One of my favorite aspects of newborn life is that sweet little baby burrito I get to snuggle. Swaddling is such an important piece of newborn sleep, but it’s also something that gets misused! With my first, we swaddled her for naps and night time for four+ months. I actually remember attempting to transition her after Christmas two years ago, but she just wasn’t sleeping well. Looking back, I think I blamed some of her poor sleep on the swaddle transition rather than her lack of independent skills. (Really, I blamed anything I could think of for her poor sleep, because I didn’t want to admit that I didn’t know how to fix it!) I knew she needed to be arms free by the time she rolled over, but I didn’t know much else. And thankfully for us, she didn’t roll over until closer to 6 months, so we were still “safe.”
It is very important for our babies’ safety that they are no longer swaddled by the time they can roll over, however I actually suggest basing the transition on age, as some babies roll really early and some are late bloomers. It is most ideal to make the transition around 10 weeks; 8 weeks at the earliest, and 12 weeks at the latest. Around four months (although it might be a bit sooner or a bit later), there’s an actual physical change in babies’ sleep as they transition from two sleep cycles to four sleep cycles (ever heard of the four month regression??). This also means that around four months old is when babies are able to learn to self-soothe. Although that newborn “startle reflex” might not be totally gone yet, having their hands and arms free is such a big part of learning to self-soothe, so we want to make sure we’re giving them that opportunity.
With our newest little addition this fall, we started the transition when she was 10.5 weeks old (9.5 adjusted, since she was born a week early). Now at 11 weeks, she’s arms free! I knew her time to transition was quickly approaching, plus she had been quite the little swaddle escape artist for a few weeks, so we decided to jump in. Since we started the transition, she does 360s in her sleep, so I know she’s figuring out how to use that little body and get comfortable!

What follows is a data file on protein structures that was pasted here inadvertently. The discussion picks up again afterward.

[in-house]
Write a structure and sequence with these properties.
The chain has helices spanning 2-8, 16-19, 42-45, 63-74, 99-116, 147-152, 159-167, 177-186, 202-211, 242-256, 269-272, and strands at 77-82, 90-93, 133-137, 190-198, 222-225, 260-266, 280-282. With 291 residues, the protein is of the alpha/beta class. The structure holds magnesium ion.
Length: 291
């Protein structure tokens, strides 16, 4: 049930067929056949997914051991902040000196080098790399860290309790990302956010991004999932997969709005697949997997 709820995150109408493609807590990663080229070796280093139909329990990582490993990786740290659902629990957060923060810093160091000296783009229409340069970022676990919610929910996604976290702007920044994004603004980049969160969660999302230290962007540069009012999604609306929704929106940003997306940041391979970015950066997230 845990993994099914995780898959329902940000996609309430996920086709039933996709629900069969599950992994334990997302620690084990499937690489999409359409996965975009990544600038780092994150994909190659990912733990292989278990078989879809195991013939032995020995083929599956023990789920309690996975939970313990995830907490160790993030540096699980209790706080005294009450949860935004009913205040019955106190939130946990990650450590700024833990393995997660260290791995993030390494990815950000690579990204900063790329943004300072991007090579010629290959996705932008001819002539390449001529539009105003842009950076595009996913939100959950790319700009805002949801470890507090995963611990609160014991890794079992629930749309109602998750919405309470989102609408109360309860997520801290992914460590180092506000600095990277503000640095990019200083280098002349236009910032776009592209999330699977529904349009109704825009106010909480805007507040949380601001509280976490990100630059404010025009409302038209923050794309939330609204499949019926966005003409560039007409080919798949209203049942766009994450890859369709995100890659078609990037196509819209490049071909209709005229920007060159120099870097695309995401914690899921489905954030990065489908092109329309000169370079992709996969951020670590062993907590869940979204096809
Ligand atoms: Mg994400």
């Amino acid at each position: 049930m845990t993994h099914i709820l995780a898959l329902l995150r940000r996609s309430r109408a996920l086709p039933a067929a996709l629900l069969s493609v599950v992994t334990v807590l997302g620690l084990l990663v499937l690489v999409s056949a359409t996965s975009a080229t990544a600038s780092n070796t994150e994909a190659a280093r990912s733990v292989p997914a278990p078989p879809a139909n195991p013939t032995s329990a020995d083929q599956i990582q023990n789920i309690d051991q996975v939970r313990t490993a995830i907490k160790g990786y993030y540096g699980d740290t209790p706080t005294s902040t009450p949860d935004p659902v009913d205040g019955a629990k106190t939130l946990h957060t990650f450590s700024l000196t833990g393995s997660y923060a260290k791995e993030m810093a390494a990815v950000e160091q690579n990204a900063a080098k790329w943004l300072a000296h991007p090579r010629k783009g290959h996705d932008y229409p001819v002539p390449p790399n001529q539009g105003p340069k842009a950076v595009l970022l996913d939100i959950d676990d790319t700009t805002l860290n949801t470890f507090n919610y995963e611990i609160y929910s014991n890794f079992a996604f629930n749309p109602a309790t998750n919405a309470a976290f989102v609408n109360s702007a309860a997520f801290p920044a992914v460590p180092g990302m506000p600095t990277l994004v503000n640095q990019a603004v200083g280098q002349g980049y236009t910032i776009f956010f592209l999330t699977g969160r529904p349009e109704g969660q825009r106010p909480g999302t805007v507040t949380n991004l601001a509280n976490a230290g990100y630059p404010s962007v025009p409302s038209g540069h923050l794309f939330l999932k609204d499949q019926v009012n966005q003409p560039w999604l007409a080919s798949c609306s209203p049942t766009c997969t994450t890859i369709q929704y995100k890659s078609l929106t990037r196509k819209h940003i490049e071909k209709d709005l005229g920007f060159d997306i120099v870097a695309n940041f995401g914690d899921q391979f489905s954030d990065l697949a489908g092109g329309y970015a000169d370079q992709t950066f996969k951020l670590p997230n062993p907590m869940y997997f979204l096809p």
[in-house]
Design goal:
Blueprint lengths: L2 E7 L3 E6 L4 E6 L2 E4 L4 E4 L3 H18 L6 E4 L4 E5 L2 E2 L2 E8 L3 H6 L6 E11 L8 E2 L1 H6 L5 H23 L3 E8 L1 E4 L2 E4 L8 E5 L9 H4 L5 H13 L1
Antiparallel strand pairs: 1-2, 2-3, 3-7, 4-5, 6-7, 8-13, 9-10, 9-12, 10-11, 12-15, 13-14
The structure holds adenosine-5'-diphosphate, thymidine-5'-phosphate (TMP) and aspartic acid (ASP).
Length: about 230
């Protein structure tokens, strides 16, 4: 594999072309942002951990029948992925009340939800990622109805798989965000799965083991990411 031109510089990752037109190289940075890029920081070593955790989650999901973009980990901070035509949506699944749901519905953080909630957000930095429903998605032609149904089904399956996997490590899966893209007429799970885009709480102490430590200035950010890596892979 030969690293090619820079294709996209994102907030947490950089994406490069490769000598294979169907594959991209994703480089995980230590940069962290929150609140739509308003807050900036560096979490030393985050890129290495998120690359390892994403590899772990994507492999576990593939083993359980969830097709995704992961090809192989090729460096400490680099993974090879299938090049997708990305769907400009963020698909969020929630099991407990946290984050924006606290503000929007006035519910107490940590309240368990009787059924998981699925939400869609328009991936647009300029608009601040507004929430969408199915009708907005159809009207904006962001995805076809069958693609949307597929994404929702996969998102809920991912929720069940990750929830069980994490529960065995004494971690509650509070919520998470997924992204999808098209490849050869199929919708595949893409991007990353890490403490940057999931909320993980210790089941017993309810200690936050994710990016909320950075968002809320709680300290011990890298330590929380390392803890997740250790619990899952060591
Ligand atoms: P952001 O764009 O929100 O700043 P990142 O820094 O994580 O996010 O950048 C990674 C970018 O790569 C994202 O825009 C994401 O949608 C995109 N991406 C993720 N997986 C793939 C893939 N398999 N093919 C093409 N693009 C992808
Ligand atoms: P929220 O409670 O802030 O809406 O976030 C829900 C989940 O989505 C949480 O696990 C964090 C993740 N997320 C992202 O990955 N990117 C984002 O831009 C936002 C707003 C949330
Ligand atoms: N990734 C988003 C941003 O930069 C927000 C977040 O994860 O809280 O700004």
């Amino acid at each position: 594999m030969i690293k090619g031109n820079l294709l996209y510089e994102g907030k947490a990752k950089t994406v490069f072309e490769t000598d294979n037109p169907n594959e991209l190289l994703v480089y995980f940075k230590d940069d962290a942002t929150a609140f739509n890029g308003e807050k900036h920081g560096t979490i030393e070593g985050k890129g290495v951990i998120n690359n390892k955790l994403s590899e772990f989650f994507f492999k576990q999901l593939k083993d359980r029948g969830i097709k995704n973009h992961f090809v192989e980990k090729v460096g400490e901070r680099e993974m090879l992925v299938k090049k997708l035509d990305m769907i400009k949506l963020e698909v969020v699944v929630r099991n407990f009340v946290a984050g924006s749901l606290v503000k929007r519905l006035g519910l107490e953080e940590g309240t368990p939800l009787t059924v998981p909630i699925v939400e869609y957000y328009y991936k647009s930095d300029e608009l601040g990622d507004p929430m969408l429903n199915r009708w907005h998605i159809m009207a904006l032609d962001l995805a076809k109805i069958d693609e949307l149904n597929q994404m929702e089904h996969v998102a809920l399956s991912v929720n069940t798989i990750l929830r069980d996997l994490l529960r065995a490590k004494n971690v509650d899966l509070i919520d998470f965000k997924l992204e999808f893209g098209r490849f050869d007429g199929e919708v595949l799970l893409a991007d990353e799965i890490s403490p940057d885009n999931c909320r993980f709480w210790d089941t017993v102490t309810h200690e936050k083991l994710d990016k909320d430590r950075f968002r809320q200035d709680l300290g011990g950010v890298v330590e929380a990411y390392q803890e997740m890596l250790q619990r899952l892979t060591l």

But how do you go about the swaddle transition? There are a few different ways you can do so:
One arm in, one arm out
This is what we just finished with our little Avery. We started with her morning nap, but you can just as easily start at bedtime. Start by leaving one arm out of the swaddle but keeping the other arm contained. Then for the next nap or night waking, switch arms! Continue taking turns leaving one arm out for three to four days, and then leave both out!
If you are worried about making the transition because your baby’s start reflex is still strong, the Zipadee-Zip is a great in-between option. It allows babies to roll, but arms are not totally free yet. This may help some babies feel more secure, or it might frustrate others who want access to their hands. This is also a product that you’d likely only use for a few weeks.
Some parents are simply ready to make the switch and do so cold turkey. And that’s totally fine! Or if you’re reading this and your baby is 13+ weeks old, it’s time to just cut it cold turkey.
Whatever option you choose, I am a huge fan of moving into a normal, arms-free sleep sack from here, as it’s not safe to use blankets until at least 12 months. I know my babies are warm, and putting on a sleep sack is a great reminder that sleep is coming. My toddler is still in a sleep sack and it’s absolutely a comfort item for her! It can also help prevent crib climbing for the brave ones out there. (Woolino is my favorite, as they last forever and can be used in car seats, but there are many options out there. Check out some popular ones here!)
While transitioning, you may notice it taking longer for your baby to fall asleep, or he or she may have more partial arousals due to this new freedom, but it’s their first little hands-free party! Let baby explore. On her first day of having one arm in and one arm out, Avery took about five more minutes to fall asleep than usual, and she stirred more during that nap, but it didn’t seem to affect her other naps. She took even longer to fall asleep her first time with both arms out, and I actually had to sooth her for a bit, which is uncommon, but it didn’t affect her other naps or night. It’s certainly a change for babies but it’s a necessary step on their journeys toward good sleep (and yours!).